For those who like to get hands on, get creative in our Faces of Change badge making workshop and help us create a refugee welcome display. This display will feature your pictures and stories of refugee experiences, including those from the Dunkirk refugee camp in France. The Dunkirk refugee camp was destroyed by a blaze this year along with the few remaining belongings and shelter that the occupants had left, though they continue to be supported by dedicated volunteer groups including Dunkirk Legal. With your help we can create a display to inspire museum visitors and to share our support with vulnerable people around the world.

Join in, learn and have fun to show that we are still a city of sanctuary.

For more information on all the Refugee Week events and activities taking place please click here.

Activism shapes our collections

16 February 2017 by Mitty

Taking a closer look at our activism timeline at the Sankofa project launch event.

As part of the Sankofa Project we have started to explore Black activism in Liverpool. An activist is a person who campaigns to bring about political or social change. These words can definitely be used to describe Chief Bassey Duke Ephraim (also known as Bassey Orok Edem). I first became aware of him when speaking to the Zachary Kingdon , curator of African Collections. Zachary tells us more about Chief Bassey and his connections to Liverpool.  Read more…

A collector’s eye: OSPAAAL posters

14 February 2017 by Sarah

Day of Solidarity with the People of Guinea-Bissau and Cape Verde, 1968. By Berta Abelenda Fernandez. Copyright: ‘Courtesy Lincoln Cushing and Docs Populi Archive’.

Mike Tyler is the collector and architect who owns the striking array of 32 Organisation in Solidarity with the People of Africa, Asia, and Latin America (OSPAAAL) posters currently on display in our Art of Solidarity exhibition. We asked Mike what he looks for when adding to the collection:

“The bulk of my collection dates from OSPAAAL’s founding in 1966 to the mid 70s, which is referred to as the ‘Golden Period’ of Cuban poster art. It is no coincidence this was a time of great political and social unrest with the civil rights movement, Vietnam War, Watergate scandal and struggles against apartheid all providing fuel to creative fire.

Many collectors are interested in the politics whilst some have an affinity with Cuba. For me, the appeal is their artistic merit, which has long been revered in the world of both propaganda art and graphic design. In terms of desirability, there is a big collectors market for civil rights and Black power material so these posters command the highest demand. Posters featuring Che, Nixon or the more well know conflicts such as the Vietnam War have a broader appeal. Then you have the more renowned artists such as Alfredo Rostgaard, Rene Menderos, Jesus Forjans & Faustino Perez who created some of the most iconic posters.  Read more…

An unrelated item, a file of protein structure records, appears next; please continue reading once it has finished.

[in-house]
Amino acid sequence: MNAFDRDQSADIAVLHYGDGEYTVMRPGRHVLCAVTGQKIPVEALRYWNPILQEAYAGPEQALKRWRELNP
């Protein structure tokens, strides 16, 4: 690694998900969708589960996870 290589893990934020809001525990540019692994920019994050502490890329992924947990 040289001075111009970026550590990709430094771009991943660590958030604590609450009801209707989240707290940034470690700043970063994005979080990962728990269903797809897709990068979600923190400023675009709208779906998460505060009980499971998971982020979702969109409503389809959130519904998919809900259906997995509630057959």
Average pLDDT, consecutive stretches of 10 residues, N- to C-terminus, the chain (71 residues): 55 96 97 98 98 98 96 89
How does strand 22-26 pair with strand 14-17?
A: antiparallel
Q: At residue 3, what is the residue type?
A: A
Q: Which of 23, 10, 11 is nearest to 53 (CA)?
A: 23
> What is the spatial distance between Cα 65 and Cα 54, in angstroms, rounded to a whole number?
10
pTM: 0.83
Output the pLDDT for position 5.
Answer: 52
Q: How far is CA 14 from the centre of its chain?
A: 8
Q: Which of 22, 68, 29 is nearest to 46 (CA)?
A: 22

Mike Tyler- Why I started collecting solidarity posters

25 January 2017 by Sarah

Tricontinental Conference – 3rd Anniversary, 1969 by Alfredo Juan Gonzalez Rostgaard. Copyright: Courtesy Lincoln Cushing and Docs Populi Archive.

Mike Tyler is the architect and collector who owns the fantastic array of 32 posters currently on display in our Art of Solidarity exhibition. We asked Mike how and why he started collecting these Cuban posters, designed to support freedom movements around the world:    

“I’m often asked why I started collecting Cuban posters and the truth is, it kind of just happened. As a visual person I’m drawn to design, graphics, photography, street art etc, so when I first stumbled across a batch of these posters, I could see they were something special.  Read more…

Weaving herstory

23 January 2017 by Mitty

Susan’s grandmother Helen Akiwumi (nee Ocansey) and her family

The Sankofa project aims to highlight people’s amazing collections and offer advice about how these precious histories can be preserved for future generations. Passing down information to future generations can be done in lots of ways.  A brilliant example is Helen Renner’s and her daughter Susan Goligher’s incredibly vibrant collection of textiles. Helen and Susan came up with the idea of the company Afrograph in 1985 and have exhibited their collections across the country. Here’s Susan to tell us more:

“Afrograph’s textile collection encapsulates both an oral tradition and a women’s history. Many of the textiles have been passed down through five generations of women within the family. Read more…



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Welcome to the National Museums Liverpool blog! Written by our staff and volunteers, we’ll give you a peek behind the scenes of our museums and galleries.

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We try to ensure that the information provided on our blog is accurate and that appropriate permissions to use images have been sought. The opinions in each blog are very much those of the individuals writing.